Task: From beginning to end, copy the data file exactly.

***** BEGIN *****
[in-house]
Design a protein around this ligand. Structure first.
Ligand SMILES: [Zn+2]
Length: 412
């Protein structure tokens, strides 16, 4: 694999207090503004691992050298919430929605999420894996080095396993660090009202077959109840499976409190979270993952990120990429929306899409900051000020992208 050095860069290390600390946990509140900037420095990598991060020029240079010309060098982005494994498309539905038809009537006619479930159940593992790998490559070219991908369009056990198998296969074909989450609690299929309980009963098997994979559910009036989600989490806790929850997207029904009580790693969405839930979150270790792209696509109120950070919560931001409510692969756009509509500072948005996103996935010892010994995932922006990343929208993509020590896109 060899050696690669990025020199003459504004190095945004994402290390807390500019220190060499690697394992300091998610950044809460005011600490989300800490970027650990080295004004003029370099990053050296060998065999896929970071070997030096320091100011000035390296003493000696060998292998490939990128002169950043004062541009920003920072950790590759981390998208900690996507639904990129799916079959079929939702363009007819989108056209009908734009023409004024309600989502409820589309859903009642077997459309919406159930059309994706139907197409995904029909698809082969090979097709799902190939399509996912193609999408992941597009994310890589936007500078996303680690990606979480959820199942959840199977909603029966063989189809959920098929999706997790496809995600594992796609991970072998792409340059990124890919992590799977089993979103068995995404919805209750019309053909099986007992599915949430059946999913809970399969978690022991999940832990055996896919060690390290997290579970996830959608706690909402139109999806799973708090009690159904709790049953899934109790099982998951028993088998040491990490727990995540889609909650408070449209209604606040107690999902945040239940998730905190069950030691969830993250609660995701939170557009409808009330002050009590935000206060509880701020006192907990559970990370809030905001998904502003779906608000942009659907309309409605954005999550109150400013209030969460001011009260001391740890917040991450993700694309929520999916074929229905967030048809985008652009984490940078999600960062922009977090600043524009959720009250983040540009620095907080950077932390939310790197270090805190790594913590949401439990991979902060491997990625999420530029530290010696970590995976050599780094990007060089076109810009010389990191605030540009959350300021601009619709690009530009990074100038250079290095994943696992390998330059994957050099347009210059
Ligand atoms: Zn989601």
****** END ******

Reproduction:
[in-house]
Design a protein around this ligand. Structure first.
Ligand SMILES: [Zn+2]
Length: 412
């Protein structure tokens, strides 16, 4: 694999207090503004691992050298919430929605999420894996080095396993660090009202077959109840499976409190979270993952990120990429929306899409900051000020992208 050095860069290390600390946990509140900037420095990598991060020029240079010309060098982005494994498309539905038809009537006619479930159940593992790998490559070219991908369009056990198998296969074909989450609690299929309980009963098997994979559910009036989600989490806790929850997207029904009580790693969405839930979150270790792209696509109120950070919560931001409510692969756009509509500072948005996103996935010892010994995932922006990343929208993509020590896109 060899050696690669990025020199003459504004190095945004994402290390807390500019220190060499690697394992300091998610950044809460005011600490989300800490970027650990080295004004003029370099990053050296060998065999896929970071070997030096320091100011000035390296003493000696060998292998490939990128002169950043004062541009920003920072950790590759981390998208900690996507639904990129799916079959079929939702363009007819989108056209009908734009023409004024309600989502409820589309859903009642077997459309919406159930059309994706139907197409995904029909698809082969090979097709799902190939399509996912193609999408992941597009994310890589936007500078996303680690990606979480959820199942959840199977909603029966063989189809959920098929999706997790496809995600594992796609991970072998792409340059990124890919992590799977089993979103068995995404919805209750019309053909099986007992599915949430059946999913809970399969978690022991999940832990055996896919060690390290997290579970996830959608706690909402139109999806799973708090009690159904709790049953899934109790099982998951028993088998040491990490727990995540889609909650408070449209209604606040107690999902945040239940998730905190069950030691969830993250609660995701939170557009409808009330002050009590935000206060509880701020006192907990559970990370809030905001998904502003779906608000942009659907309309409605954005999550109150400013209030969460001011009260001391740890917040991450993700694309929520999916074929229905967030048809985008652009984490940078999600960062922009977090600043524009959720009250983040540009620095907080950077932390939310790197270090805190790594913590949401439990991979902060491997990625999420530029530290010696970590995976050599780094990007060089076109810009010389990191605030540009959350300021601009619709690009530009990074100038250079290095994943696992390998330059994957050099347009210059
Ligand atoms: Zn989601």